This example demonstrates the use of the analogWrite() function in fading an LED off and on. AnalogWrite uses pulse width modulation (PWM), turning a digital pin on and off very quickly with different ratio between on and off, to create a fading effect.
220 ohm resistor
Connect the anode (the longer, positive leg) of your LED to digital output pin 9 on your board through a 220 ohm resistor. Connect the cathode (the shorter, negative leg) directly to ground.
After declaring pin 9 to be your
ledPin, there is nothing to do in the
setup() function of your code.
analogWrite() function that you will be using in the main loop of your code requires two arguments: One telling the function which pin to write to, and one indicating what PWM value to write.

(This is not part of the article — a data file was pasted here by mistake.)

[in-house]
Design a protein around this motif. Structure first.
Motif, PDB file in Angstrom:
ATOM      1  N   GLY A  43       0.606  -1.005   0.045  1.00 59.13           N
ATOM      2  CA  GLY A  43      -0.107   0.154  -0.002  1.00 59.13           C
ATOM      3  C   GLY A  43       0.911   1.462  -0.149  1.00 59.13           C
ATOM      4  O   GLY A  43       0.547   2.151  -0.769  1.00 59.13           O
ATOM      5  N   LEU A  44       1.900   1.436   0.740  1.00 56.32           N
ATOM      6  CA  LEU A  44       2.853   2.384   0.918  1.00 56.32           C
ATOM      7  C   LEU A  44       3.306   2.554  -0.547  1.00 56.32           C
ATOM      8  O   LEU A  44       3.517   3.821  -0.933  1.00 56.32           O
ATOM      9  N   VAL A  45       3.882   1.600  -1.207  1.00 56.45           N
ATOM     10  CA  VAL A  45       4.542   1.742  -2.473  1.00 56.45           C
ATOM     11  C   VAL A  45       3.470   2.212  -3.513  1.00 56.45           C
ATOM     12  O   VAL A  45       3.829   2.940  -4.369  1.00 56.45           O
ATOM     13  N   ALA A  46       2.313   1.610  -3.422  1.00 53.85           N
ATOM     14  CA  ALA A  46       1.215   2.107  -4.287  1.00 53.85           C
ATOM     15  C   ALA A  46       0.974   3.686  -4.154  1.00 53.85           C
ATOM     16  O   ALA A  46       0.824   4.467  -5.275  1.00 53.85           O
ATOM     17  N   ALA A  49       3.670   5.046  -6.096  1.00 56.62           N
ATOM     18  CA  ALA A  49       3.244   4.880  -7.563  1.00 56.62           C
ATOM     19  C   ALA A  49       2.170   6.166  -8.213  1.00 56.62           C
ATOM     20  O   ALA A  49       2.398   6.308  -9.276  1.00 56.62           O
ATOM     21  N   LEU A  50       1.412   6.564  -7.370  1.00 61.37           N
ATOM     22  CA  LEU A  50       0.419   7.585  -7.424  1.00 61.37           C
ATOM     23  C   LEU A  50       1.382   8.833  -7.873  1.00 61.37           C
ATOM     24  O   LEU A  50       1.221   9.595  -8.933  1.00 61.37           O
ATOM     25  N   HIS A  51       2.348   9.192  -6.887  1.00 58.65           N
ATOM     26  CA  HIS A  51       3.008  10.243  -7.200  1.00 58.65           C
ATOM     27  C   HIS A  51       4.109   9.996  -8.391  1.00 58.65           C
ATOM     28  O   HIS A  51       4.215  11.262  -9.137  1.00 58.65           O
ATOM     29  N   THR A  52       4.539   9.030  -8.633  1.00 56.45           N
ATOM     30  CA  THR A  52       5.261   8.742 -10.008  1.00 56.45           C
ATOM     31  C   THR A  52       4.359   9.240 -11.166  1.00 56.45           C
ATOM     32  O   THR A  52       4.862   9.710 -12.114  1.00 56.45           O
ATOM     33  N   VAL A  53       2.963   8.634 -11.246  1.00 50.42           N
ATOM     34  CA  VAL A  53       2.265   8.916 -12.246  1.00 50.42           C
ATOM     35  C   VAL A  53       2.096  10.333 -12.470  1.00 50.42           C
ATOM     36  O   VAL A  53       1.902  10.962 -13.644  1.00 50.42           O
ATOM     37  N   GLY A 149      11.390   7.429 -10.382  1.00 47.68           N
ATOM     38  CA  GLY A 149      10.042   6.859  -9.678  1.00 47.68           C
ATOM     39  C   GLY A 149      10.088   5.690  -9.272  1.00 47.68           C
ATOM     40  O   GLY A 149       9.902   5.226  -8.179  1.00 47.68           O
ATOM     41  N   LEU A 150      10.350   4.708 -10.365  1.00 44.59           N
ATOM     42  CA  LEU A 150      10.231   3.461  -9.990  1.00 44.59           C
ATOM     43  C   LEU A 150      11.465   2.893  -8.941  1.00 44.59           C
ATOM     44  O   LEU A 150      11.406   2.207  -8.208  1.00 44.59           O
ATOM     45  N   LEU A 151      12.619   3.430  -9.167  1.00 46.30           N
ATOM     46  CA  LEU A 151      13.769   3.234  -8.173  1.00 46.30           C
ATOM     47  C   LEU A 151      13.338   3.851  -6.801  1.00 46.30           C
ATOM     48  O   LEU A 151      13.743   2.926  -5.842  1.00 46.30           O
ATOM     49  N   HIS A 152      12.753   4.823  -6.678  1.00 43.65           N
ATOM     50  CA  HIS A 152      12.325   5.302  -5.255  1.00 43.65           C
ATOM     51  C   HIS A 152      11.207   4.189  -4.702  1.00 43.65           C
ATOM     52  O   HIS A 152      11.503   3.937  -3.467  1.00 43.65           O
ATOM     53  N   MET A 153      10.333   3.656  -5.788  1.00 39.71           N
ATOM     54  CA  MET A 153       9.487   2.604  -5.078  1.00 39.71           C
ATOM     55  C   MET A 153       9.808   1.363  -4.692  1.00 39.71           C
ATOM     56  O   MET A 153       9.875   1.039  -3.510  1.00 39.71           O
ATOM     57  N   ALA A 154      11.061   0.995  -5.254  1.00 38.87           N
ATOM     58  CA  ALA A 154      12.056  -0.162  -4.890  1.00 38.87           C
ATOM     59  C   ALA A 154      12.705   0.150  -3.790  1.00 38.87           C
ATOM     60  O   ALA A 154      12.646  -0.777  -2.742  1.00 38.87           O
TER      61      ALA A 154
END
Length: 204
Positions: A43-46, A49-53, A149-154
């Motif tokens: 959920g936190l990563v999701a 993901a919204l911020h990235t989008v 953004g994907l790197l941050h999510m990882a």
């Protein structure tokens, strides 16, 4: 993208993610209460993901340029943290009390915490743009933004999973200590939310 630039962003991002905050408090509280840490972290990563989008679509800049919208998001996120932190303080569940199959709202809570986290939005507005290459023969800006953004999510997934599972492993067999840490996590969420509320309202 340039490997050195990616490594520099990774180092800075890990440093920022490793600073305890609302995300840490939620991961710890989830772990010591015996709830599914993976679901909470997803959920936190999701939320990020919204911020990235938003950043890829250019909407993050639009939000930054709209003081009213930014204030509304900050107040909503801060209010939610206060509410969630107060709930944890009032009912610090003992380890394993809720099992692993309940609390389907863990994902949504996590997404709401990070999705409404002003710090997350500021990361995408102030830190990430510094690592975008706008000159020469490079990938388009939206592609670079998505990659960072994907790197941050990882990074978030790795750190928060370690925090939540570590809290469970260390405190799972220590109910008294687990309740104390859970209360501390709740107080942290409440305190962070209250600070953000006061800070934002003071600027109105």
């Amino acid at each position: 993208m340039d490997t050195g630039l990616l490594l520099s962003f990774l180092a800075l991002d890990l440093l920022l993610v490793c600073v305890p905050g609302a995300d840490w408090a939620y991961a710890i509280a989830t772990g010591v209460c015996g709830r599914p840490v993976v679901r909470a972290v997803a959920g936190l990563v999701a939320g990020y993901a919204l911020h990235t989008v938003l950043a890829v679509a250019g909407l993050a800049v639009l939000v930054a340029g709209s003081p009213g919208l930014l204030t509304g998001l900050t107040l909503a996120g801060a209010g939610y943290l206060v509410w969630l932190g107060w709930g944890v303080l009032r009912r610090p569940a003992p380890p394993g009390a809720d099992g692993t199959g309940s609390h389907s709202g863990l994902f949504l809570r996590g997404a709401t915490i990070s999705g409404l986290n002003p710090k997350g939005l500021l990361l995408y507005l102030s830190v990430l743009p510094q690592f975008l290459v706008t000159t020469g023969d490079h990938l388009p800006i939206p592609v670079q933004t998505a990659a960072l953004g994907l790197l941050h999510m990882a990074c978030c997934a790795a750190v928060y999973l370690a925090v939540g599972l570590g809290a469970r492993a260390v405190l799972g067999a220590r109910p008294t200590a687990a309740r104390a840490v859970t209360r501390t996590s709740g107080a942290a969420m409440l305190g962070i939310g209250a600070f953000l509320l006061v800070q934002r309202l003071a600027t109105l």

In order to fade your LED off and on, gradually increase your PWM value from 0 (all the way off) to 255 (all the way on), and then back to 0 once again to complete the cycle. In the sketch below, the PWM value is set using a variable called
brightness. Each time through the loop, it increases by the value of the variable
brightness is at either extreme of its value (either 0 or 255), then
fadeAmount is changed to its negative. In other words, if
fadeAmount is 5, then it is set to -5. If it's -5, then it's set to 5. The next time through the loop, this change causes
brightness to change direction as well.
analogWrite() can change the PWM value very fast, so the delay at the end of the sketch controls the speed of the fade. Try changing the value of the delay and see how it changes the fading effect.
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Last revision 2015/07/29 by SM